Accusations Fly, Tensions Rise As State Lawmakers Tweak Pension Bill
After Republican leaders of the state Senate scrapped a critical vote to change retirement benefits for public workers last week, it's unclear when or if the legislation will come back up for a vote.
Senate President Robert Stivers said the bill's supporters were working with members of the Senate and House to see "what can or cannot be changed to get votes in both chambers."
Meanwhile, tensions have continued to rise over the bill after the no-vote, and teachers and state workers have continued to pack the state Capitol in protest of proposed reductions.
Sen. Alice Forgy Kerr, a Republican from Lexington, said leaders of the state Senate are punishing her for not supporting the GOP proposal.
Kerr wrote in a Facebook post on Monday night that GOP leaders of the Senate retaliated against her by canceling a vote on a bill she sponsored dealing with the disposal of opioid medications.
“Because of my ‘no vote’ on the pension bill on Friday, my own leadership retaliated by turning their back on the war on opioids and Senate Bill 6. Senate Bill 6 is a simple measure to educate the public on the importance of cleaning out the medicine cabinet and getting rid of unused drugs,” Kerr wrote.
“The bill was on the agenda to be passed out of the senate today, but they recalled it…God help us, please.”
Kerr’s Senate Bill 6 would require pharmacists to tell patients how to dispose of excess opioid medications and offer them a special pouch that could be used to deactivate and discard pills. The bill was reassigned to the Health and Welfare Committee on Monday.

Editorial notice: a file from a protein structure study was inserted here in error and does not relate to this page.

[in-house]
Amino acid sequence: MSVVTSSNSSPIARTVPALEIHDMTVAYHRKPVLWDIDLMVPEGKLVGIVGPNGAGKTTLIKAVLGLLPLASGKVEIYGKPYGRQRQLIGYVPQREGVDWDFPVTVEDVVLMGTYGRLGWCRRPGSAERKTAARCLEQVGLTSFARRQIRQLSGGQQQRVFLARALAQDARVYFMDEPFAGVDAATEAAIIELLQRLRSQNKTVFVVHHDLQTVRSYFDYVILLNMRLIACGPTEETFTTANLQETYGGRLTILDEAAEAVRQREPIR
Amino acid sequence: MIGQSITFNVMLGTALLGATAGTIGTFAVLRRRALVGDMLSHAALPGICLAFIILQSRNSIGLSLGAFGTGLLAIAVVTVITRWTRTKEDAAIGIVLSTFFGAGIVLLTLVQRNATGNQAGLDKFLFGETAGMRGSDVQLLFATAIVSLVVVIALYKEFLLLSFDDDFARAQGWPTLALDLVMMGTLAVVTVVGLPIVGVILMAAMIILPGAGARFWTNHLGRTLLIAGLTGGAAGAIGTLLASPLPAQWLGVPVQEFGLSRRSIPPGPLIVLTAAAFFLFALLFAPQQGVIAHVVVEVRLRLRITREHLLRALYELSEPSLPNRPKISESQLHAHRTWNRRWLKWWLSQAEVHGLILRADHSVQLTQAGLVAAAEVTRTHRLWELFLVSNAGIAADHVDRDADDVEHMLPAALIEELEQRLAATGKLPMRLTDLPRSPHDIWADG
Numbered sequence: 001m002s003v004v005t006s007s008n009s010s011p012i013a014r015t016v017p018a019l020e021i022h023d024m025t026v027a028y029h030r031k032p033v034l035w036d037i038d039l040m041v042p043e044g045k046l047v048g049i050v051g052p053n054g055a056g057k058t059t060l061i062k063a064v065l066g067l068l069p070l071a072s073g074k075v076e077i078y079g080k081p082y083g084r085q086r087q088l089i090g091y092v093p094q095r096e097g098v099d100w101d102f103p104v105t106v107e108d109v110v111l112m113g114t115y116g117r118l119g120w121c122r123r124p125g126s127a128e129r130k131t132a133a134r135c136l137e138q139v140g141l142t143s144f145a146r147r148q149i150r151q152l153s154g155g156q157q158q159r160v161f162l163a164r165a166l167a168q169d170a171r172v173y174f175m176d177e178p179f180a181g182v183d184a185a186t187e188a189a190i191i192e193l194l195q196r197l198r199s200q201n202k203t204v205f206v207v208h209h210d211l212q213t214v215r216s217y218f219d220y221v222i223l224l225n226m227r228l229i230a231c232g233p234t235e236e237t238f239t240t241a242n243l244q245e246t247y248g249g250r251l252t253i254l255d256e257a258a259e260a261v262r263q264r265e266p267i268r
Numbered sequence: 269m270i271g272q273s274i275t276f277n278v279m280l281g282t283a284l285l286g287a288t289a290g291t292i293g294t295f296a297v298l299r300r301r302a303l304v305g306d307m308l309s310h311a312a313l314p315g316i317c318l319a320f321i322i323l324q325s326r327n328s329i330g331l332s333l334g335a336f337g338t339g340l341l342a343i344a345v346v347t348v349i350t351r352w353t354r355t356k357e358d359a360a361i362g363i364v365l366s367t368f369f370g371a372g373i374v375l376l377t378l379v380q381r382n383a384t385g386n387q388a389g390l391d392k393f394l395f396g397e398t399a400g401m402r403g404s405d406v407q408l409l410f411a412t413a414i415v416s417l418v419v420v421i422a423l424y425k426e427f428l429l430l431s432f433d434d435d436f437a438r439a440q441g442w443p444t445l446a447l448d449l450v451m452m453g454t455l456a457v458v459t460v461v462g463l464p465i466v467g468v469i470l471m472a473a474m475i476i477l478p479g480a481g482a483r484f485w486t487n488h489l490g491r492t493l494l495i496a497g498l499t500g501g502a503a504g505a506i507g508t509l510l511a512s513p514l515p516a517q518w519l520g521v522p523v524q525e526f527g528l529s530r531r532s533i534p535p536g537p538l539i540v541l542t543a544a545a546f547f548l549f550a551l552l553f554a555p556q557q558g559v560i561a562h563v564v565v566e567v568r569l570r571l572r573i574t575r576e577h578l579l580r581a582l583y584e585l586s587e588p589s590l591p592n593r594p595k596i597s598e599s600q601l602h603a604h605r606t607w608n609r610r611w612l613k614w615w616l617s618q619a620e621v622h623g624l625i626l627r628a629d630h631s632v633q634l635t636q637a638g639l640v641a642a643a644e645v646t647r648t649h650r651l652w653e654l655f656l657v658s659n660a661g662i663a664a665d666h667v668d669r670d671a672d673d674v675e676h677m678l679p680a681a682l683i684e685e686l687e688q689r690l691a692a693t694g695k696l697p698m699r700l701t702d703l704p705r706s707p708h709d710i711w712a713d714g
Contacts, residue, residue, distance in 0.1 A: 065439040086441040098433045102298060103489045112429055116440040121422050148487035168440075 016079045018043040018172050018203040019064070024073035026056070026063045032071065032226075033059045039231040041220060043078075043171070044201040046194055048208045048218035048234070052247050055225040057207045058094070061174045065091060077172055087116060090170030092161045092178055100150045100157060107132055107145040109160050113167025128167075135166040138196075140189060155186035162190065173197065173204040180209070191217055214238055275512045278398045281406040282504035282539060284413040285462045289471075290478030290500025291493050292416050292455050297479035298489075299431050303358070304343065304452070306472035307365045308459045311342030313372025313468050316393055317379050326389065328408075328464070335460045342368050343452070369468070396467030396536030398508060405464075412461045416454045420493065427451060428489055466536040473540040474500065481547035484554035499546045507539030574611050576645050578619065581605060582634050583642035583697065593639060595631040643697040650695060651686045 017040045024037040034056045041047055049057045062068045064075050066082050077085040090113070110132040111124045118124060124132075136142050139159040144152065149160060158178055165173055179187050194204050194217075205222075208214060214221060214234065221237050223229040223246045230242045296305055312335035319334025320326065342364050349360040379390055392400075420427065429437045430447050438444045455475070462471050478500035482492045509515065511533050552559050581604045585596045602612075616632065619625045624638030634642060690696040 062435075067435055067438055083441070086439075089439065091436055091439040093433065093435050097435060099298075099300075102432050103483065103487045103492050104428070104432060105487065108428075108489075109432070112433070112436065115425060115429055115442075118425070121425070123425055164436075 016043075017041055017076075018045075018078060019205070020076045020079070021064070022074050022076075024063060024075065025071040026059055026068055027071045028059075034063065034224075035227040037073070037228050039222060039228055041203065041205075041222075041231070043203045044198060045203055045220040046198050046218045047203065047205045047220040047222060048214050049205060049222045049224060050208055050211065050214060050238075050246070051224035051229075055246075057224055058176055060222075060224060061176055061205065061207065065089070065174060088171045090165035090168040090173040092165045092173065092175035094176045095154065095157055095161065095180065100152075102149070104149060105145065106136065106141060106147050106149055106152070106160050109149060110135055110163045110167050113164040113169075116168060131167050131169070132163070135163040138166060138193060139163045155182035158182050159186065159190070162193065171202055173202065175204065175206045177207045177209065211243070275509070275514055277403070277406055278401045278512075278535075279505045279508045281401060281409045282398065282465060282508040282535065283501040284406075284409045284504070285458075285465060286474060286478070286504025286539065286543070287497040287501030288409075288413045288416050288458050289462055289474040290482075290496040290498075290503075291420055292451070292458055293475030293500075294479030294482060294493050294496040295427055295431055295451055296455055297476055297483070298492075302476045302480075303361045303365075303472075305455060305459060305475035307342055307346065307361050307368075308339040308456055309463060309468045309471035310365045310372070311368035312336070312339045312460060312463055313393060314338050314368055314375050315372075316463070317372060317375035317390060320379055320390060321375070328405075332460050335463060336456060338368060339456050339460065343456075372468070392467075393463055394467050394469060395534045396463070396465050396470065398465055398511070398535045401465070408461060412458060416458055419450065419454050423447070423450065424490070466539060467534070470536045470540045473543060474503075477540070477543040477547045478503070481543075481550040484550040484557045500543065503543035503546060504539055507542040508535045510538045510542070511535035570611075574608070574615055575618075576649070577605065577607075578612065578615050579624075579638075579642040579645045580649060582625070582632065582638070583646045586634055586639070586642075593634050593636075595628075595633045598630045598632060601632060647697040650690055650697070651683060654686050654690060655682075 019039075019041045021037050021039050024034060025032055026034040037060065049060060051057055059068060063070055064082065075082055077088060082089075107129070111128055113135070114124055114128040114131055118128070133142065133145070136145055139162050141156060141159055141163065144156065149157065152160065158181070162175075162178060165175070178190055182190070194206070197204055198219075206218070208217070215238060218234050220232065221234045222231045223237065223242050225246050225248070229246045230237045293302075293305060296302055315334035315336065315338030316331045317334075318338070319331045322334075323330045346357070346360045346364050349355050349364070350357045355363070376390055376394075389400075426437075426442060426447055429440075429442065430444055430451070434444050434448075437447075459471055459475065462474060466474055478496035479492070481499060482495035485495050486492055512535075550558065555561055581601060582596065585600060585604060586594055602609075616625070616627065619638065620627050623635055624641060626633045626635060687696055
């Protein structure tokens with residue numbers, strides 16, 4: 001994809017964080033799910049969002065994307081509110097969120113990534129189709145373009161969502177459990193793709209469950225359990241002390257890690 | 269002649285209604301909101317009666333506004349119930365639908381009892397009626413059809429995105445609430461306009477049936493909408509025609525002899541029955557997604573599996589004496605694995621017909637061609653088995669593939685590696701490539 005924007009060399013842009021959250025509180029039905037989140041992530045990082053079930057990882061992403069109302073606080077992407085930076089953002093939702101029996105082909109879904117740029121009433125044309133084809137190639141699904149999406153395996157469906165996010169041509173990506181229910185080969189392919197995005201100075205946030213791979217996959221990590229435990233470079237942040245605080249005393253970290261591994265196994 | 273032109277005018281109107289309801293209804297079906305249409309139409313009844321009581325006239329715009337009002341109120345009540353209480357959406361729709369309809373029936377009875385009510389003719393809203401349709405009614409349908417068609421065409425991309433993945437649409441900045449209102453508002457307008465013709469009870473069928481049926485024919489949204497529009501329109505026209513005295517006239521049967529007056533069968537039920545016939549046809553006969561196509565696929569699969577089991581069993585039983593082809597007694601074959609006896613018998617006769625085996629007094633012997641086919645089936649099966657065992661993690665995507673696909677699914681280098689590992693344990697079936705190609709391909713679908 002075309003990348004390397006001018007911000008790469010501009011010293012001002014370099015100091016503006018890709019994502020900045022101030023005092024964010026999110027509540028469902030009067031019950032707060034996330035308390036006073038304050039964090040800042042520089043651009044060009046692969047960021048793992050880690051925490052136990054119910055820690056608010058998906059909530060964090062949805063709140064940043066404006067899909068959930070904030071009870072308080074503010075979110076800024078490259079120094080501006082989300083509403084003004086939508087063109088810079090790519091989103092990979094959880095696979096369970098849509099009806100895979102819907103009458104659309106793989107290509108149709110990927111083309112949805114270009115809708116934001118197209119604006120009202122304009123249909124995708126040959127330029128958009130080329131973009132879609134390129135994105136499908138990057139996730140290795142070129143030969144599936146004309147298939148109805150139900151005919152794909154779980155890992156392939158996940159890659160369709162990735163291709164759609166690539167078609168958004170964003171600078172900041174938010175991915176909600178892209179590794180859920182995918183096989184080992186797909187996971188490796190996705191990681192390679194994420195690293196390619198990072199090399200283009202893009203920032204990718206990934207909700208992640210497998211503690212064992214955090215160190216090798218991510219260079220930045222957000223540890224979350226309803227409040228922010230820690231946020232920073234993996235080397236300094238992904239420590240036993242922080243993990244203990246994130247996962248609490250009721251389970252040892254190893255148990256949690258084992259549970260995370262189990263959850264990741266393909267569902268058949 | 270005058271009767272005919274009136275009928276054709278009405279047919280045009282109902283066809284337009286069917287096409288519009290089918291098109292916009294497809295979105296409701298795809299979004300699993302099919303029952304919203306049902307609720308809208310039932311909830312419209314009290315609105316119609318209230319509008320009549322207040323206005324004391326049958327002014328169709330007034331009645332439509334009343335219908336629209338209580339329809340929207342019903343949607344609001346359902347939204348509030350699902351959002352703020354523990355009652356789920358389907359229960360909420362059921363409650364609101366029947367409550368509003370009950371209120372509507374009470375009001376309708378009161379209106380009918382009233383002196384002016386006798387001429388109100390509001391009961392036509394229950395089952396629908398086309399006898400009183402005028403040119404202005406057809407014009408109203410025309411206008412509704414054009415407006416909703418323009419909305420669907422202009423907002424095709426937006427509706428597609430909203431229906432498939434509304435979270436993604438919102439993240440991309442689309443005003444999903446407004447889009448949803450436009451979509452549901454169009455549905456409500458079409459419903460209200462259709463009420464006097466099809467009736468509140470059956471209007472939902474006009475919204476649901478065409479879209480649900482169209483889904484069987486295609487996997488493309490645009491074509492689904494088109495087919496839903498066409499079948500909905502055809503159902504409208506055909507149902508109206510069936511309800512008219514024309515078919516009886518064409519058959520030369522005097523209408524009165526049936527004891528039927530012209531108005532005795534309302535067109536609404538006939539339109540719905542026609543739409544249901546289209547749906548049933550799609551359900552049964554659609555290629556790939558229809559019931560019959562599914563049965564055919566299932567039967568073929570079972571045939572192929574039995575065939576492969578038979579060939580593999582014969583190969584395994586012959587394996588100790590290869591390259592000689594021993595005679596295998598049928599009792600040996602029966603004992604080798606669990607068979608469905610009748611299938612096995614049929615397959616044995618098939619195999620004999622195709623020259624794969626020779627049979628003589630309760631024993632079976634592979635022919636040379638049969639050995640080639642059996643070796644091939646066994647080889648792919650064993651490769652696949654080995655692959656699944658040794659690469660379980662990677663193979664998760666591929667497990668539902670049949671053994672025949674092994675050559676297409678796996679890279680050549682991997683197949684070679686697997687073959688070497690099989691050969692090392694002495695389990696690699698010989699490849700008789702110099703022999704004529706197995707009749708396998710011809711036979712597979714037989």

Stivers said leaders did not retaliate against Kerr and that the bill wasn’t called up for a vote due to “time constraints.”
“There’s a lot of stress, there’s a lot of things, a lot of time constraints and individuals say things. And I really don’t take offense to them,” Stivers said.
“But I can tell you to my knowledge, there was nothing done in retaliation for people’s stances on various issues.”
Meanwhile in the House, the Fraternal Order of Police and a group of police officer widows accused lawmakers of blocking House Bill 185, which would increase death benefits for some officers.
Ashley Rodman's husband, officer Nick Rodman, was killed in Louisville last year. She said the bill wasn't being called for a vote because the FOP doesn't support the pension bill.
"Our family is not getting taken care of and I know my husband would be livid if he knew that this was happening," Rodman said.
House Appropriations and Revenue Committee Chair Steve Rudy said the bill wasn't voted on because he was amending the legislation with the sponsor.
Kentucky has one of the worst-funded pension systems in the country and Republican leaders have made a series of proposals that would reduce benefits to current and future state workers while promising to pump more money into the systems.
But state worker groups have opposed the proposals, calling instead for lawmakers to seek new revenue without altering benefits.
The Senate was scheduled to vote on the bill last Friday, but sent the bill back for revisions after Republican leaders realized they didn't have the votes to pass it.
During a radio interview on Tuesday morning, Gov. Matt Bevin called for lawmakers to make changes to the system “even if people are unhappy about it.”
“Those people for whom this is a hard decision because they don’t understand it or because they’re just afraid of people or they’re so worried about getting re-elected -- folks like that maybe should find a different profession," he said.
There are 11 working days left in this year’s legislative session.